Banning F1 team staff from doing all 24 races “would be a good thing” – Russell

Formula 1

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George Russell ended the season on a high with a podium but was one of several drivers who struggled with their health over the final races.

The Mercedes racer, who is also a director of the Grand Prix Drivers’ Association, expects changes to be made to reduce the strain on teams as a result of the longest-ever, 24-round 2024 F1 calendar.

Speaking after his podium finish in the Abu Dhabi Grand Prix, Russell described how he’d been “really ill the last two weeks.” F1’s season finished with five races in six weeks, and the final two held on consecutive weekends with a punishing 12 hour time zone shift.

“Firstly, in Vegas with a big fever, I couldn’t sleep and just felt awful,” explained Russell. “And then I’ve had a horrendous cough that stayed with me all weekend in the car.

“I was coughing every single lap, but when you’re strapped into the car, you can’t breathe. You can’t take a deep breath in to get the cough out. So, it was just constantly with me. It was pretty, pretty miserable. So I was pleased to bring it home when I saw that chequered flag.”

F1 held 22 rounds in little over 38 weeks this year. Next season’s 24 rounds will take place in the space of 40 weeks.

Russell said he was more concerned for the wellbeing of team members than drivers. “We have it best from every single person in this paddock, the way we travel,” he said. “We’re in a very fortunate position.

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“But everybody up and down the paddock – I’ve got so many mechanics who are ill, people in the engineers’ office just really struggling with the constant timezone shifts, the body not knowing where you are, eating at different times, staying in different hotels, different environments, different climates. The body’s getting confused.”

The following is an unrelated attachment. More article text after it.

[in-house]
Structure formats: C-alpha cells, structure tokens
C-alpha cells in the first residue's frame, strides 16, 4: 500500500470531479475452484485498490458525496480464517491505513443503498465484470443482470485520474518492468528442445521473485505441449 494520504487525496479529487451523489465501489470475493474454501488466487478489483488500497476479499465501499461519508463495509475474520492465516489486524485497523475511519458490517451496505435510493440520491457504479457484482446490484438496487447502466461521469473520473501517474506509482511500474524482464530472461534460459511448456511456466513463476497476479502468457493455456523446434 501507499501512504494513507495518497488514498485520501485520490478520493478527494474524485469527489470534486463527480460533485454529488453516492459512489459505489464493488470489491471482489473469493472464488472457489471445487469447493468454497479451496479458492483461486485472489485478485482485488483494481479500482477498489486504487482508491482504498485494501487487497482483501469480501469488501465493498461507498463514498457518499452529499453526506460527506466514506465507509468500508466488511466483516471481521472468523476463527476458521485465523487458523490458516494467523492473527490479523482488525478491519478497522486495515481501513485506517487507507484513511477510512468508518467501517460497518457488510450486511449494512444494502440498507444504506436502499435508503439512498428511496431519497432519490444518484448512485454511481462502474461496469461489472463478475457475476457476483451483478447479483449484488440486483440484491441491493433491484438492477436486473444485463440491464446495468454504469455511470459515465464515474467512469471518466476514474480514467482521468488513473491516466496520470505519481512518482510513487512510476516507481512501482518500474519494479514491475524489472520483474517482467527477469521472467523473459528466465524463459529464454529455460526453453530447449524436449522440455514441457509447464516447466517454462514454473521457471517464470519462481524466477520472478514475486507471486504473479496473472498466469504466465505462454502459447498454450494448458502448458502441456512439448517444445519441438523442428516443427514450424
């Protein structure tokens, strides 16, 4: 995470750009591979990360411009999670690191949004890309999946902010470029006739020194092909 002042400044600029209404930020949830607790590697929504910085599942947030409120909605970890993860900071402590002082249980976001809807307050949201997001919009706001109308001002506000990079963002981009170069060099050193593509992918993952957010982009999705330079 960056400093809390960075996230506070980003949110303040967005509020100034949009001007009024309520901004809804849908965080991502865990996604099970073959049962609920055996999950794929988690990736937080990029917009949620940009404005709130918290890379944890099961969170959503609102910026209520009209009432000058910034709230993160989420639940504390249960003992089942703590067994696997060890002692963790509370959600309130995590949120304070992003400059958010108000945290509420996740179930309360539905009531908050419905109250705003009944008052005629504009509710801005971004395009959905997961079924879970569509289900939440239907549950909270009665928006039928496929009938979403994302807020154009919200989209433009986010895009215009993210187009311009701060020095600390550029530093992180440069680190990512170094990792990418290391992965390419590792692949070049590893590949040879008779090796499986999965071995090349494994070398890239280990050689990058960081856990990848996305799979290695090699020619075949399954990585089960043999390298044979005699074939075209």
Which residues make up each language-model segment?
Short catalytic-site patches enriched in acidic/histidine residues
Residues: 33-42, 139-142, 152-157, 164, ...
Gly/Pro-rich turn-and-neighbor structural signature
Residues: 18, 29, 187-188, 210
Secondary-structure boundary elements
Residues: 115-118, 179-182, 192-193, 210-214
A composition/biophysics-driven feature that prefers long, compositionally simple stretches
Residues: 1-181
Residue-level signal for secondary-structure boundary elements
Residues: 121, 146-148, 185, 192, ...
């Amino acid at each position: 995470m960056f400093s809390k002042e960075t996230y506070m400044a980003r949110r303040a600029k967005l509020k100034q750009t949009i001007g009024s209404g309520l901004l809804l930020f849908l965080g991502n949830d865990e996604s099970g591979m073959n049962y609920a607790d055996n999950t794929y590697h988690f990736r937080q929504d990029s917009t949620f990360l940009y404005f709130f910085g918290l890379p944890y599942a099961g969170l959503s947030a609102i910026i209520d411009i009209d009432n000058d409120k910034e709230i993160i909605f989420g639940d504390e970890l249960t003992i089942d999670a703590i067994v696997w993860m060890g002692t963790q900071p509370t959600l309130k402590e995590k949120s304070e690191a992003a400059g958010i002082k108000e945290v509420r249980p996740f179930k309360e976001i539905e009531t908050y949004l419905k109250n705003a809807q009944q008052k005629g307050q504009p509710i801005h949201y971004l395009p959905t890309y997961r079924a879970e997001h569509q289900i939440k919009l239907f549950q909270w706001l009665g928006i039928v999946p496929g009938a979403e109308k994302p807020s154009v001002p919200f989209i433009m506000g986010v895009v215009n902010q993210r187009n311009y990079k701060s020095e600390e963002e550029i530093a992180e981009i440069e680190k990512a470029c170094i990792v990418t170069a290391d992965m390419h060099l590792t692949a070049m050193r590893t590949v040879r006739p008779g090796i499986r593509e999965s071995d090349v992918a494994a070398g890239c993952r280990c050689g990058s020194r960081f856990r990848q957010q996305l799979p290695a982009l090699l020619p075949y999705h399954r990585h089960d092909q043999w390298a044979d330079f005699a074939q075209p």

He is in favour of rules change to ease the burden on staff. “I think there are talks for next year about personnel being regulated that they can’t do every single race. I think that would be a good thing.

“I don’t think it’s sustainable to 4,000 people, I think to do 24 races a season, especially when you see how geographically [spread out back-to-back events can be], it still doesn’t make a huge amount of sense.”

Other drivers have expressed similar concerns to Russell. Red Bull’s Max Verstappen said it was “not very sustainable” for F1 to end with year with races in two different continents back-to-back. Alpine’s Esteban Ocon, who like Russell raced while feeling unwell in Abu Dhabi, said “the body is not designed” for the scheduling and time shifts that F1 used for its final two rounds.

FIA president Mohammed Ben Sulayem said he is ready to take “extreme measures” to address the impact the long calendar is having on F1 personnel.

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Ida Wood
Often found in junior single-seater paddocks around Europe doing journalism and television commentary, or dabbling in teaching photography back in the UK. Currently based...

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15 comments on “Banning F1 team staff from doing all 24 races “would be a good thing” – Russell”

  1. His suggestion would indeed be good, although teams can only do so much rotation, inevitably limiting flexibility.
    While the race calendar already received some decent changes for next season as part of F1’s long-term regionalization plan, meaning more improvements are on the way, but if only they stopped caring about such trivialities as when or roughly which date range certain events occur as that would give more flexibility for a better late-season formation, not to mention, eliminate unnecessarily lengthy intervals & triple-headers.
    However, the Montmelo-Red Bull Ring-Silverstone one would still exist, but the post-Singapore phase could be something like the following:
    Interlagos 6.10
    COTA 20.10
    Mexico City 27.10
    LV 9.11
    Losail 24.11
    Abu Dhabi 1.12
    Although the Sao Paulo GP could still fill the unnecessarily lengthy Singapore-COTA gap, in which case LV GP a week earlier to have only a gap of two consecutive non-race weekends, etc., but hopefully more thoroughly thought in the long-term.